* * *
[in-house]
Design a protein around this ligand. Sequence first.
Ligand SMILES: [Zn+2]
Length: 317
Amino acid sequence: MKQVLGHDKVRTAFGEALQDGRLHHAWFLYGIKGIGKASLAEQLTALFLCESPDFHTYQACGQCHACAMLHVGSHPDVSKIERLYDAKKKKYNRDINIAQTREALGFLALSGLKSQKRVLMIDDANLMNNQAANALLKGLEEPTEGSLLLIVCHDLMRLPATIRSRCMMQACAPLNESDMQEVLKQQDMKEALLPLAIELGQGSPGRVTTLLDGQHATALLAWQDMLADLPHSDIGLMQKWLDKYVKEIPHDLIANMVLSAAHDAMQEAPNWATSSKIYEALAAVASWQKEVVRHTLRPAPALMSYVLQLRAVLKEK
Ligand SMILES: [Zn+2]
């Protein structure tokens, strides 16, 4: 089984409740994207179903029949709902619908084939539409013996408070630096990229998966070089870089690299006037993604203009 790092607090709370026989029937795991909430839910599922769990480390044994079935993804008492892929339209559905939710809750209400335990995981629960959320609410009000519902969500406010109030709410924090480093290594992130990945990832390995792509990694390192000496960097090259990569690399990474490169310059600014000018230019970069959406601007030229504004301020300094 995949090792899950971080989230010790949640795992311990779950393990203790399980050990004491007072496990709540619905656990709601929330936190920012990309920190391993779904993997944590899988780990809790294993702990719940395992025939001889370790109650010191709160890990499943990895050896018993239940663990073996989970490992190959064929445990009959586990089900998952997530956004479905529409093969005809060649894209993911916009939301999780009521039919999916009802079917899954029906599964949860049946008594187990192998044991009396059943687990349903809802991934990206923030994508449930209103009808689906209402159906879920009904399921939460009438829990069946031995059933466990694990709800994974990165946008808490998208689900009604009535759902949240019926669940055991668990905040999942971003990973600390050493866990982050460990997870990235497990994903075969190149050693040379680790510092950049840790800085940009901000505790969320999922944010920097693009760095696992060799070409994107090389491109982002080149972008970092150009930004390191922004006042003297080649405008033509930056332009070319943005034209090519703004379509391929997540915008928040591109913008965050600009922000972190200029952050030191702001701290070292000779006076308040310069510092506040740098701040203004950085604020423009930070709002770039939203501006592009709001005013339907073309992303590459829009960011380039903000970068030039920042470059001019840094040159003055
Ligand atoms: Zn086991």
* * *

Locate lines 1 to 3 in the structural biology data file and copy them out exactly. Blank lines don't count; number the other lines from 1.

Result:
[in-house]
Design a protein around this ligand. Sequence first.
Ligand SMILES: [Zn+2]